By Eleanor (Hookstead) Mutterer, DMLC ’45 (HS) and ’48 (College)

I was only thirteen years old when I began my seven years at Dr Martin Luther College.  The Chicago Northwestern train left at twelve am from Janesville, WI.  It split at Wyeville; “my” car went west; the others went north.  I was glad at Wonewoc and LaCrosse because other DMLC students boarded there.  It was still a long ride to New Ulm.  We’d arrive at 1:15 pm.  Our trunks or suitcases were picked up later with the college truck.  We walked from the train station up the hill to our dorms.

Elanor MuttererI lived on the third floor (really the attic) of Hillcrest Hall.  Third floor was for the high school students; second floor was for the collegiates.  There were double beds with a few single beds in each room.  Large rooms held four or five girls; smaller rooms held three.  Our closet was under the sloped roof; long, dark, and only walkable a few feet.  One dresser with four or five drawers served all three of us.  Our rooms and beds were assigned.  Seldom were we allowed to change, except at the beginning of a new school year.  All wash bowls, bathtubs (2) and toilet facilities were on the second floor.  One older girl was assigned to be the overseer so that all beds were made and the rooms ready for inspection by 7:45 am.  All “janitor” work was assigned to girls each week.  We were glad when we had a week of no duties.

Dress code was an unwritten rule.  No white socks to school; only “silk” stockings.  If you were well-to-do you might have silk; most of us had rayon or cotton.  Special care was given to whatever you had, because it was wartime!  We went to Annex (Old Main) to eat each meal.  It could be a cold winter walk, even twenty inches of snow if the boys hadn’t shoveled before breakfast at 7 am.  Breakfast was mandatory unless we were sick.  Girls were in one dining hall, and boys in the other, closer to their dorm.  Two or three matrons sat at the table in front of us girls.  They were to see that we were well-mannered at our assigned tables.  Assignments were changed a couple of times in the school year.  It was always a highlight to sing “Sie leben hoch” for someone’s birthday.

Tables were set up by the “kitchies”.  But the food was gotten from the serving counter by someone from the table.  This duty was rotated.  Sometimes we could get some seconds.  All of us had given our ration cards to the kitchen.  Often we had a white colored gruel with black peppercorns floating on it.  Edible it was, but not tasty.  We thought “Shipwreck” was great, a sort of casserole of leftovers.  All meals were begun and closed with prayer.  Dishes were stacked at the end of the tables and after prayer were carried back to the counter again.  Then it was to the library, music hall, or your room.  Music lessons and practice periods were interspersed in our weekly schedule.

School was a joy for me.  First the faculty and all students gathered for chapel at 7:45 am.  The presidents of the school conducted these services.  Third “normals” played on the big organ A.  We had fifty-five minute classes.  Then with a quick change of rooms the morning went fast.  Two classes were held in the afternoon with band or chorus after that.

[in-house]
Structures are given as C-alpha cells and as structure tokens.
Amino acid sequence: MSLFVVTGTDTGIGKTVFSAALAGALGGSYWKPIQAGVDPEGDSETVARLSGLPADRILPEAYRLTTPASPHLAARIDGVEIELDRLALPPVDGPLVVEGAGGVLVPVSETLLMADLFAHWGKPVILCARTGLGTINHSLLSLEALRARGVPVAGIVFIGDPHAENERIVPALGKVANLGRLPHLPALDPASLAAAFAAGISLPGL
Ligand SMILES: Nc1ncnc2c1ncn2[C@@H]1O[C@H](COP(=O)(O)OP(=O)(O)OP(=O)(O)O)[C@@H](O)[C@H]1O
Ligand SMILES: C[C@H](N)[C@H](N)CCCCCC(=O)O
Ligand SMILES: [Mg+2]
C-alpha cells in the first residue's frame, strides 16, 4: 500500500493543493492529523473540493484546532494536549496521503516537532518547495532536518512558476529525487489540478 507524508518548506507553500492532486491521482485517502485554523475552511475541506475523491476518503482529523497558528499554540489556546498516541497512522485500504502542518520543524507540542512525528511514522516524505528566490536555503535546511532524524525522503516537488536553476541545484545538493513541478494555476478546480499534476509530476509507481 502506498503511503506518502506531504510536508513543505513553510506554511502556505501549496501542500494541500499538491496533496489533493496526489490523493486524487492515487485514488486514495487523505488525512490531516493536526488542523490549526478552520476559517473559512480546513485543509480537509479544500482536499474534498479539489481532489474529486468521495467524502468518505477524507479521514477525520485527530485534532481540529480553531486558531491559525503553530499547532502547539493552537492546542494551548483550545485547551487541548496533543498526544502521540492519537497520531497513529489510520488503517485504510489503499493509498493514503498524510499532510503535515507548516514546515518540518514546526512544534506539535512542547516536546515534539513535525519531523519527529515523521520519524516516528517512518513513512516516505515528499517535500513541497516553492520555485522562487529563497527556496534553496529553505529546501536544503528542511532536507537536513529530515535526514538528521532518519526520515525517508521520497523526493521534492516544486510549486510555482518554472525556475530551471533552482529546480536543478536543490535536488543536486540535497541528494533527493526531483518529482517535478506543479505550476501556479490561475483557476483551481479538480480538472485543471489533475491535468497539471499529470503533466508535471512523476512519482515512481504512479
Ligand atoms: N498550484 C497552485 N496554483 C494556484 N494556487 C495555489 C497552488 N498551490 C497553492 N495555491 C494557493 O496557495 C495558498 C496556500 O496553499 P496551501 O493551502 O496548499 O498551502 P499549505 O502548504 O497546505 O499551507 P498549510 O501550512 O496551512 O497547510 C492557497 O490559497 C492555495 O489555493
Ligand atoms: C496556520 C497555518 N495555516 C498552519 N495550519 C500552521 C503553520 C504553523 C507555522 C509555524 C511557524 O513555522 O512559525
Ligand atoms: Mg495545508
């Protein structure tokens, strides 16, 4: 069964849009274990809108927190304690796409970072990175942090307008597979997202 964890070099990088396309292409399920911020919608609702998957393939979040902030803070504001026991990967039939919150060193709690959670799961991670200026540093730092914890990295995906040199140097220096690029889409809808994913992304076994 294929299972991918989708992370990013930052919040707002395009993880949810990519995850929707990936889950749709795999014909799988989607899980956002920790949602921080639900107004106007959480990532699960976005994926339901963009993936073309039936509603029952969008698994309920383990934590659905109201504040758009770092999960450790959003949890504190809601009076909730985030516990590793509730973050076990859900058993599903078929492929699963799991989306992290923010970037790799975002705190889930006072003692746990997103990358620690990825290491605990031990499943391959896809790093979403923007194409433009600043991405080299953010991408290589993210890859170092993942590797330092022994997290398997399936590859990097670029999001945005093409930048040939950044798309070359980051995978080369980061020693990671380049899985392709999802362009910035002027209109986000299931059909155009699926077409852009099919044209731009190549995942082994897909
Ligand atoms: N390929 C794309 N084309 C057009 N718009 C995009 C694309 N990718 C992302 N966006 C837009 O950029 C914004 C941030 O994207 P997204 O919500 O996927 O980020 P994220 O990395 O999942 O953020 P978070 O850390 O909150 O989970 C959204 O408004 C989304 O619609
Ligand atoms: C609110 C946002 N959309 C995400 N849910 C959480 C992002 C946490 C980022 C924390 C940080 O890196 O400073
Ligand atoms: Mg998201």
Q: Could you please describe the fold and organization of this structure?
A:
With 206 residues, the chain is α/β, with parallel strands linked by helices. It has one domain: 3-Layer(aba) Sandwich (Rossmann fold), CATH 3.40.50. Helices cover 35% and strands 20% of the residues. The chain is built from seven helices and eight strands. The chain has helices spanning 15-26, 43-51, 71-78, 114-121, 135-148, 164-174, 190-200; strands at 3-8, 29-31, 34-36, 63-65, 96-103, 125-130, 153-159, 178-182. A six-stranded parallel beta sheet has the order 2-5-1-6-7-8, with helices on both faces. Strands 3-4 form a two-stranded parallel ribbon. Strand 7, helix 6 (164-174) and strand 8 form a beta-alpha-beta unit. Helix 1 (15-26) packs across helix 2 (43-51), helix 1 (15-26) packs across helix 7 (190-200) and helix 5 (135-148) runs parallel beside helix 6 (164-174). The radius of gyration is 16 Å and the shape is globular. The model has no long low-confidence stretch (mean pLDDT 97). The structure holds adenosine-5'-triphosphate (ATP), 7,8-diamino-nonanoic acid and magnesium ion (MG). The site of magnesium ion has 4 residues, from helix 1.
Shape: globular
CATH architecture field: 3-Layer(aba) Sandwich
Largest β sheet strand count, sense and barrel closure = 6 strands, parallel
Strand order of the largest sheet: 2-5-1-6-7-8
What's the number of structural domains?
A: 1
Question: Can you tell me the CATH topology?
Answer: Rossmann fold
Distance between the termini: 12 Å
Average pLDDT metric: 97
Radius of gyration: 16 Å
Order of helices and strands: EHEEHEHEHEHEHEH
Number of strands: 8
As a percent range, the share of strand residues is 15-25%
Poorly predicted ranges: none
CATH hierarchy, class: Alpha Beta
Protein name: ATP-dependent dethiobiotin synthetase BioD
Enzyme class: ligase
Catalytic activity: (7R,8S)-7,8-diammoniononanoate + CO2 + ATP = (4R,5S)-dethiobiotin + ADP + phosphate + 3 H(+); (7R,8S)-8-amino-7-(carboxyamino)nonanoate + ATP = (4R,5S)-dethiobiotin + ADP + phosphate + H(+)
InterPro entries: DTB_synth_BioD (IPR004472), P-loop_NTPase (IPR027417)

We’d have a little “free time” before supper.  (Dinner was always at noon.)  After supper, at 7 pm girls gathered around tables on the first floor of our dorm.  We were assigned a place at the table for our study hall area.  The chapel at seven was conducted by our matron or a third normal.  It was all business then for two hours, unless the silence was broken with a pencil or a pen falling to the floor.  Someone might fall asleep, or even fall off the chair.  By nine pm it was hoped all assignments were complete for the next day.

Now one could relax or have a snack.  Or you could buy candy or ice cream from the “shaggers”.  These were guys from the boys’ dorm canteen.

Lights were to be our by 10:30 pm.  Maybe you could study by the hall light, and hope the matron wouldn’t find you.  A radio program played very softly might not be detected.  To alarm all, a pail would go tumbling down the third floor steps after 10:30 once or twice a year.  But to the matron’s consternation, all third floor girls were sound asleep!

Twice a year each class could have a picnic in the park of their choice.  Class officers, previously elected were in charge.  Games, food, and fellowship entertained us, girls and boys!  There were strict rules; our dorm was locked at 10:30.  Late comers were campused for two weeks.  The only trip downtown was to church!  St. Paul’s was the only Synodical Conference church.  We walked down and back up the hill.  Slacks were permitted under a dress when it was very cold.  But they were to be removed downstairs at church before we entered the church proper for worship.  Hats were to be worn in church.  Sunday morning breakfasts had a little more variety.  The boys had a saying: “Rolls and Ristow!”  We had to walk down to register for communion.  That was at the Hinnenthal parsonage across from the church.

Young Christian couples began their life-long lives at DMLC.  Teachers could marry at the end of their three college years.  The girls marrying preachers had a long wait!  Seniors in high school who had their eye on an “intended” might have to wait seven years.  There was no marriage possibility before Sem graduation.  But what a blessing were all the rules and regulations.  Seven focused years made it possible to graduate without debt or family responsibility.

“To God be the glory; great things He has done!” – CW 399:1